The telescope effect shankar vedantam summary
The Hidden Brain: How Our Unconscious Minds Elect Presidents, Control Markets, Wage Wars, and Save Our Lives by Shankar VedantamMost of us would agree that there’s a clear and even obvious connection between the things we believe and the way we behave. But what if our actions are driven not by our conscious values and beliefs but by hidden motivations we’re not even aware of?
The “hidden brain” is Shankar Vedantam’s shorthand for a host of brain functions, emotional responses, and cognitive processes that happen outside our conscious awareness but have a decisive effect on how we behave. The hidden brain has its finger on the scale when we make all our most complex and important decisions: It decides whom we fall in love with, whether we should convict someone of murder, and which way to run when someone yells “Fire!” It explains why we can become riveted by the story of a single puppy adrift on the ocean but are quickly bored by a story of genocide. The hidden brain can also be deliberately manipulated to convince people to vote against their own interests, or even become suicide terrorists. But the most disturbing thing is that it does all this without our knowing.
Shankar Vedantam, author of The Washington Post’s popular “Department of Human Behavior” column, takes us on a tour of this phenomenon and explores its consequences. Using original reporting that combines the latest scientific research with compulsively readable narratives that take readers from the American campaign trail to terrorist indoctrination camps, from the World Trade Center on 9/11 to, yes, a puppy adrift on the Pacific Ocean, Vedantam illuminates the dark recesses of our minds while making an original argument about how we can compensate for our blind spots and what happens when we don’t.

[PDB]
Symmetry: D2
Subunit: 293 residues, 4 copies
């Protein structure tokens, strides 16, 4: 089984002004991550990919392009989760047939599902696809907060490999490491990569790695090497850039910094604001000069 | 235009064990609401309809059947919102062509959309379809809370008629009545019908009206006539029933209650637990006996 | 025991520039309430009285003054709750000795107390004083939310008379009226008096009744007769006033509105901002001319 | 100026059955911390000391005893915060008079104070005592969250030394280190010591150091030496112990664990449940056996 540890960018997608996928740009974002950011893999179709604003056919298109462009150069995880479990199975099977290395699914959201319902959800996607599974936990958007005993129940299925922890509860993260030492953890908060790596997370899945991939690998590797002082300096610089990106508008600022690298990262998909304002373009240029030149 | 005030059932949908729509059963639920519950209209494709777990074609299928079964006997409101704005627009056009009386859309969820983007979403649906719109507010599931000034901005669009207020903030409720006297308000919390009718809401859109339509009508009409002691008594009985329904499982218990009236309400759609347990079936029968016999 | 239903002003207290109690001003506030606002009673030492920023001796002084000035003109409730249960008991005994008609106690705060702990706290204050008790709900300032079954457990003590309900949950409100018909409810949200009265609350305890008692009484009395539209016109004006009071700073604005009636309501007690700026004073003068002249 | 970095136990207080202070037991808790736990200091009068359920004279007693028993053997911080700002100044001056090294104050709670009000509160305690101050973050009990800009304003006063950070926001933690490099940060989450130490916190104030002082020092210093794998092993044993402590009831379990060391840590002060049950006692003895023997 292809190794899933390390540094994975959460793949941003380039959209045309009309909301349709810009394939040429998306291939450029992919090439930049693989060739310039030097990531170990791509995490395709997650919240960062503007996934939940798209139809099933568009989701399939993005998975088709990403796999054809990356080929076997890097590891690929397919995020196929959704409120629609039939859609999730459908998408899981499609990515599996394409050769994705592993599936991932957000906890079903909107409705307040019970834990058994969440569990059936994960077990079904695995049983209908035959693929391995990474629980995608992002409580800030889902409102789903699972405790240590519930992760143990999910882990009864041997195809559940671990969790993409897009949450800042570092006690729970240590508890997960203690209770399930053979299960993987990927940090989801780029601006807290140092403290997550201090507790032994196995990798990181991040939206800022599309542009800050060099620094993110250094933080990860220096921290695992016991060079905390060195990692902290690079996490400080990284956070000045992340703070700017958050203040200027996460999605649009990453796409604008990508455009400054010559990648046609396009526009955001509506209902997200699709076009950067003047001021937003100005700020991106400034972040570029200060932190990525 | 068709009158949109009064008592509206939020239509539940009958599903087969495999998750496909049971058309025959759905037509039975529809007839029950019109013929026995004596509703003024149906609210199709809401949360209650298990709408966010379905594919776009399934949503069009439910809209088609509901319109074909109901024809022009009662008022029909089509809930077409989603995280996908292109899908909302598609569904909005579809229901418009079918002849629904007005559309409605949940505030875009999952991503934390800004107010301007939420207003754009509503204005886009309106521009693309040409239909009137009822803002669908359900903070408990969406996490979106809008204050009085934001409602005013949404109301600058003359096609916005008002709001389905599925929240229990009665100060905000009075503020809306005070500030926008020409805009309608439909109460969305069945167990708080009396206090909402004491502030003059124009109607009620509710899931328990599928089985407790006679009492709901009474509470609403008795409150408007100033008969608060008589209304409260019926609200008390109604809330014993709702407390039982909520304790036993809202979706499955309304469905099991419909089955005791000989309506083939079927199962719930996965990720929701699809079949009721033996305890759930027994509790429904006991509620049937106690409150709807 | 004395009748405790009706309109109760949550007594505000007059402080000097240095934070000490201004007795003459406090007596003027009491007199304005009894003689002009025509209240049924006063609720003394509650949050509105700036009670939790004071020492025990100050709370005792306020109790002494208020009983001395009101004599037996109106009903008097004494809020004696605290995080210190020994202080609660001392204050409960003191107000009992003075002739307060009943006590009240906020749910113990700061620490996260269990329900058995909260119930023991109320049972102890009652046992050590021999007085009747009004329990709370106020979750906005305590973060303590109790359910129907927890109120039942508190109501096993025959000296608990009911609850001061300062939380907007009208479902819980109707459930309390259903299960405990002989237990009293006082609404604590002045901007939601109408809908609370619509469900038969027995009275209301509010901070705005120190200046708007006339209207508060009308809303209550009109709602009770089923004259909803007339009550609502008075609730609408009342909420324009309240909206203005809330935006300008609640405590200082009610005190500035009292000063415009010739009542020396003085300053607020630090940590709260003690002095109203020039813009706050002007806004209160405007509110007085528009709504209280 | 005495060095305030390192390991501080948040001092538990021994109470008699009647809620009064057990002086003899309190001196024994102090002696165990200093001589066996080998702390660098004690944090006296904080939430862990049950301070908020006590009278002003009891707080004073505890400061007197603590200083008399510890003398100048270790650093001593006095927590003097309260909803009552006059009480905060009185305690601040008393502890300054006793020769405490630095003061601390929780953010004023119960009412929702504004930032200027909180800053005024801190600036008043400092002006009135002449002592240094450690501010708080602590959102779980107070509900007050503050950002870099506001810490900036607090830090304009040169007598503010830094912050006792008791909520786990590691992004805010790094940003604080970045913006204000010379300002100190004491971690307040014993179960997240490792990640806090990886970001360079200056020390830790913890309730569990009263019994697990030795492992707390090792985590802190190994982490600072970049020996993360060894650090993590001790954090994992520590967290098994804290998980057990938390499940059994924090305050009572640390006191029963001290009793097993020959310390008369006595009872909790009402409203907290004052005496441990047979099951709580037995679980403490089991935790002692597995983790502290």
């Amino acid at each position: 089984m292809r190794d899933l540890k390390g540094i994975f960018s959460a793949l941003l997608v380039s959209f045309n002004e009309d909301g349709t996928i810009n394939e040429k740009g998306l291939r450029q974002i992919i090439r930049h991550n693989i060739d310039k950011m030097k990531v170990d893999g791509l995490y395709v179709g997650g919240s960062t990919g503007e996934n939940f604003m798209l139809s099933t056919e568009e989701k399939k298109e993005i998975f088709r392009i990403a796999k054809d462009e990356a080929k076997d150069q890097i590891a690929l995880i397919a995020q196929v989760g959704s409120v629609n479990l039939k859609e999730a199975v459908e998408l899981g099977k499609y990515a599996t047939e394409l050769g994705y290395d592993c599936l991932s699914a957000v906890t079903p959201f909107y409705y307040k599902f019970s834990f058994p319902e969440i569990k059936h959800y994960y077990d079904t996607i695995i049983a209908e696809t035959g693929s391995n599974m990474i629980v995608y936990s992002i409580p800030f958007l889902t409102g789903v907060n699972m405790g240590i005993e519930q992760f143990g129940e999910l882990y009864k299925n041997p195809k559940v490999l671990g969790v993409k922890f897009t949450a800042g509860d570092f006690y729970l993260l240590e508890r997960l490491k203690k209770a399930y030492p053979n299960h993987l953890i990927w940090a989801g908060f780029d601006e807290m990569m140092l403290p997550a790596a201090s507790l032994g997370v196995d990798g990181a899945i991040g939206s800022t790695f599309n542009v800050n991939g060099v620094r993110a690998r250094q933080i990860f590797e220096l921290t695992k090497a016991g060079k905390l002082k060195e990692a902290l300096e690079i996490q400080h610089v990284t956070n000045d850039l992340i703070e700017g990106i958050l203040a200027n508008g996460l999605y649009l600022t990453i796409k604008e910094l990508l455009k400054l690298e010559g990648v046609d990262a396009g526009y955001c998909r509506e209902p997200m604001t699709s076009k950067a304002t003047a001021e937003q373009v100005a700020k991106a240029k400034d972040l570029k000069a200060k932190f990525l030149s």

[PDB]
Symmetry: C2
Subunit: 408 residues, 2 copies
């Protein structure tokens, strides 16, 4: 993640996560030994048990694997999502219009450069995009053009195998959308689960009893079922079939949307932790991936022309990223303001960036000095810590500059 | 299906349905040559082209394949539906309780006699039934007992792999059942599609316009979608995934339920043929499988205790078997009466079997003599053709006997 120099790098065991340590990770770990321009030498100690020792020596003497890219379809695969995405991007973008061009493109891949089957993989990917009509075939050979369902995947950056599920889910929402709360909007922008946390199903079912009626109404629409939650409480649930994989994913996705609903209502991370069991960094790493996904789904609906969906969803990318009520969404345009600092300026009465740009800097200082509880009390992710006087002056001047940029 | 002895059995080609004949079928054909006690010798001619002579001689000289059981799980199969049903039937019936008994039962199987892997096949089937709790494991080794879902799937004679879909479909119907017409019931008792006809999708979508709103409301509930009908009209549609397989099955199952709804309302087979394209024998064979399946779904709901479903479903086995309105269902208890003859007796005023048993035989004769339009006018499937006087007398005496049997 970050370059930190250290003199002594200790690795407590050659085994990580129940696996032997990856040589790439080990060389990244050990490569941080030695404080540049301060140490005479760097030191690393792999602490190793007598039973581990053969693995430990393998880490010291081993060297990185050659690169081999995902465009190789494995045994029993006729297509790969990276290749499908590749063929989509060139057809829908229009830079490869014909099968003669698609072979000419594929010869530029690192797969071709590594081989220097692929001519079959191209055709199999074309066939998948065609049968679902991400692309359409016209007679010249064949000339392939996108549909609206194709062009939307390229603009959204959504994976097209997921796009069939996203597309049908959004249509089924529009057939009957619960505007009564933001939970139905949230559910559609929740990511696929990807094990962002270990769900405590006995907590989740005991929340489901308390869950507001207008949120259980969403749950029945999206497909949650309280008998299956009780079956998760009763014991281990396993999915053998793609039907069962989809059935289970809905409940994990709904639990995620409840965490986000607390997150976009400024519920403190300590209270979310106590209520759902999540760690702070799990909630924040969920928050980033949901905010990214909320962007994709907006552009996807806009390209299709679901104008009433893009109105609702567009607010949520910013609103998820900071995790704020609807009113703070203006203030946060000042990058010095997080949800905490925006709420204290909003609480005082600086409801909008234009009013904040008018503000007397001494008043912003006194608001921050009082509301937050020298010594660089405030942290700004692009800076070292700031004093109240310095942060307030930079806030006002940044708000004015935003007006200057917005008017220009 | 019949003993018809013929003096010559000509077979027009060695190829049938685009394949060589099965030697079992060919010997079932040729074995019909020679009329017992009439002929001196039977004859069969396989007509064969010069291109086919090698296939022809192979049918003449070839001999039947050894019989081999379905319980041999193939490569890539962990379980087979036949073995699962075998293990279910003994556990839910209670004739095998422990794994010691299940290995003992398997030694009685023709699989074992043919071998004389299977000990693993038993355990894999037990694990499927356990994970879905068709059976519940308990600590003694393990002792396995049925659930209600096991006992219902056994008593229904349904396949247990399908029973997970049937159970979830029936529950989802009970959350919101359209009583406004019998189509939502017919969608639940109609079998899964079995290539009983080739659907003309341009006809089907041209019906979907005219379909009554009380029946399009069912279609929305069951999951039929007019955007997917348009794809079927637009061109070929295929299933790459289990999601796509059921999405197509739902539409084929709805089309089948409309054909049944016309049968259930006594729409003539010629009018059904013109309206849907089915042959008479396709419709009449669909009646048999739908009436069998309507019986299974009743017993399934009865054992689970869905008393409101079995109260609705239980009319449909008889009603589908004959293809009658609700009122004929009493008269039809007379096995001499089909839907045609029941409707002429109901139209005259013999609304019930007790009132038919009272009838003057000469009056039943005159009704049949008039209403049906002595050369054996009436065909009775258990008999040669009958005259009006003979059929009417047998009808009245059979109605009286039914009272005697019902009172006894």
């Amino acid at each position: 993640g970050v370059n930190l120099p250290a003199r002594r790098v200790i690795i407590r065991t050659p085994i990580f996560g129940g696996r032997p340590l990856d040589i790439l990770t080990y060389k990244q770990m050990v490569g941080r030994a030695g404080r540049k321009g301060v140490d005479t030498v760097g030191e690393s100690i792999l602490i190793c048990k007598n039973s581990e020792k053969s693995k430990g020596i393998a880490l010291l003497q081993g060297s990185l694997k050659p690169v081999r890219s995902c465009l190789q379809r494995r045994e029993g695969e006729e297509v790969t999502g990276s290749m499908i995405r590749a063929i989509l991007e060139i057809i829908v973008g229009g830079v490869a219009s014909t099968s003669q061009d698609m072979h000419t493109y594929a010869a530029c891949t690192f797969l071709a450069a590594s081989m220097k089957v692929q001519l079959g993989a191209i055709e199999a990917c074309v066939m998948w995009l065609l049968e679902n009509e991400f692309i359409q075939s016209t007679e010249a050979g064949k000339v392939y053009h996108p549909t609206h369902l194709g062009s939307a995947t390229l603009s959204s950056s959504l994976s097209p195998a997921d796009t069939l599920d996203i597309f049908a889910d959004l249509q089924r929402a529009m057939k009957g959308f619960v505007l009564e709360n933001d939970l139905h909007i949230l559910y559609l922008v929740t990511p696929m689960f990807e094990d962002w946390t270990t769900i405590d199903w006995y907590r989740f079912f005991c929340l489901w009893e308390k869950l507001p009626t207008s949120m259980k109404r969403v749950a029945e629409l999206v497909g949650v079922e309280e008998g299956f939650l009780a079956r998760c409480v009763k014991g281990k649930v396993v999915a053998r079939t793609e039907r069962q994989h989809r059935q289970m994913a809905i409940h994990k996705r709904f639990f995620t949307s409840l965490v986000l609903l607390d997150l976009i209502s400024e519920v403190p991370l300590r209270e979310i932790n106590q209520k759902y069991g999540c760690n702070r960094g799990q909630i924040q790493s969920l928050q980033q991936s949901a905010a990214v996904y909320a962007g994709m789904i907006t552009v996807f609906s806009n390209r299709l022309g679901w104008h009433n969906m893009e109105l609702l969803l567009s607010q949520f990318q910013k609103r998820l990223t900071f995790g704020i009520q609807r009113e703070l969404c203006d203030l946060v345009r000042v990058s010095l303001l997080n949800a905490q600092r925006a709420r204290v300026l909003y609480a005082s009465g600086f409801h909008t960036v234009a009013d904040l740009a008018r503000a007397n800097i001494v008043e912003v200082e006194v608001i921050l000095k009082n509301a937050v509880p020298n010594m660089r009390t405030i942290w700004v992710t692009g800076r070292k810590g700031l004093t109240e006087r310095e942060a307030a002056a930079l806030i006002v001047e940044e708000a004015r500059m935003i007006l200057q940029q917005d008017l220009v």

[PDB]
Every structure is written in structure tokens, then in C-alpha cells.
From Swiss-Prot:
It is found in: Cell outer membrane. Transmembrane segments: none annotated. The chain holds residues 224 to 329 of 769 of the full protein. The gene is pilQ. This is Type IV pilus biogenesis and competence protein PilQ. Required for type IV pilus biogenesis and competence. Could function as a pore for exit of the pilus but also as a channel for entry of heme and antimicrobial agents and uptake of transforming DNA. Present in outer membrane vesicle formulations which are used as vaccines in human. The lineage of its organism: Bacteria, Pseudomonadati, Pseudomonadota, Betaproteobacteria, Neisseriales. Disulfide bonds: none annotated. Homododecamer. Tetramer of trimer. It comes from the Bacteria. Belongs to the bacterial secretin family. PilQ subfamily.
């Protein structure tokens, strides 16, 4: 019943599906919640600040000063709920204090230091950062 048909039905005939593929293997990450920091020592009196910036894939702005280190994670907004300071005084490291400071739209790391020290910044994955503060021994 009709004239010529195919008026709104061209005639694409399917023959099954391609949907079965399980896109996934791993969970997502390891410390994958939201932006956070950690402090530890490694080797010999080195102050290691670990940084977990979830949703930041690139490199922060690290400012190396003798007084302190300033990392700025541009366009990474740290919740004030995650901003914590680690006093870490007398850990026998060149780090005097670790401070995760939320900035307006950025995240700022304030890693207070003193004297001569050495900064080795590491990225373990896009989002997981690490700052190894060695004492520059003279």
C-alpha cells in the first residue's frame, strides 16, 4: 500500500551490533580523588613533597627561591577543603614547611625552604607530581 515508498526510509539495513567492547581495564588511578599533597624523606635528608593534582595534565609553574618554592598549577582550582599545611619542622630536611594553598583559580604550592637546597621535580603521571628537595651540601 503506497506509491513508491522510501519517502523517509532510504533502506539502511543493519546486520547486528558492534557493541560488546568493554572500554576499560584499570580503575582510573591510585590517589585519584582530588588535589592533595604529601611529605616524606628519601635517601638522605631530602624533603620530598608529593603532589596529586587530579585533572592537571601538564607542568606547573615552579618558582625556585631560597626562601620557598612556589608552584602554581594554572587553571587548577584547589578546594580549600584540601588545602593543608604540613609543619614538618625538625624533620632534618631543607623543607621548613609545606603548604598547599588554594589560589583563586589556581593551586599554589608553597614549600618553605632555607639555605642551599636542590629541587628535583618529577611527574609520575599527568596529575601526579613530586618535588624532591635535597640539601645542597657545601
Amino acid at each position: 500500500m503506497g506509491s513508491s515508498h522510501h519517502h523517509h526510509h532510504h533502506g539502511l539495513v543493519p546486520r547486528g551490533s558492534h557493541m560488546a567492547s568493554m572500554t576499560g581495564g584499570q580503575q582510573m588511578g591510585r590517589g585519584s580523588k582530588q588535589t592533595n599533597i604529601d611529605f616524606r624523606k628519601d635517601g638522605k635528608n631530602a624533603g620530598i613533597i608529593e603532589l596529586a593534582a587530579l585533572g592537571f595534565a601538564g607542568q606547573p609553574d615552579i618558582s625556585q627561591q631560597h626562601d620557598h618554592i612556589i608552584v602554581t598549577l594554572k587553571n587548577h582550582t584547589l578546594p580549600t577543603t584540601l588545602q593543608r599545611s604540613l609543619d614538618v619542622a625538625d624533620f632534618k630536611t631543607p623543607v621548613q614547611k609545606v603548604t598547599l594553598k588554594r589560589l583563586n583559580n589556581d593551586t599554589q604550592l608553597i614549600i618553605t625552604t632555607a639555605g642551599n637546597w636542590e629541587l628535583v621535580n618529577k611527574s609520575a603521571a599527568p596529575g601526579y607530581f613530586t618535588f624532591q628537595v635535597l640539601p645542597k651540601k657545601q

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The Hidden Brain: Book by Shankar Vedantam
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June 21, by Titans. Specialists from all disciplines have experimented and attempted to identify the specific features of our unconscious minds. However, surprising events and related studies have pushed journalist Shankar Vedantam to wonder whether unconscious forces are also driving more significant behaviors. He uses real life examples to demonstrate one major aspect of unconscious thinking: its tendency to instill unconscious bias in our minds. Vedantam brings to light a behavior that people hardly ever notice, which makes his piece of writing all the more remarkable. The ideas in his book are organized in concentric circles, with early chapters relating stories about small and sometimes humorous aspects of the Hidden Brain, while later chapters tackle bigger issues.
The fire moved so fast that the Taiwanese crew did not have time to radio for help. The Insiko was supposed to be an Indonesian ship, but its owner had not registered it. In terms of international law, the Insiko was stateless, a foot microscopic speck on the largest ocean on Earth.
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At the beginning of the article, he used an example that people rescued a dog on the Pacific. From this example, the author stated when people have compassion for something, their hidden brain shows telescope effect which is people always thinking about things which one is more worthy. They usually make some errors decisions in moral questions because their brain has built a powerful bias. The author guessed the causes lead to the behavior is a human inability to wrap their mind around large numbers is responsible for their apathy toward mass suffering. He gave some causes for his guessed. First, the philosopher Peter Singer once devised a dilemma that highlights a central contradiction in people's moral reasoning.
Shankar Vedantam wrote an article titled "The Telescope Effects" which talks about how the humans react to single death and millions of deaths. He thinks that humans react to single death with more sympathy and sadness than millions of deaths since the humans. He also thinks that the reason why human care about single death more than millions of death is that the millions of death is happening in mass scale. Regarding Ethos, the author used many credible outside sources which is one of the reasons that convinced me about this human behavior. Also, he supported his idea about how people react to mass suffering by citing a survey which was made by University of Oregon.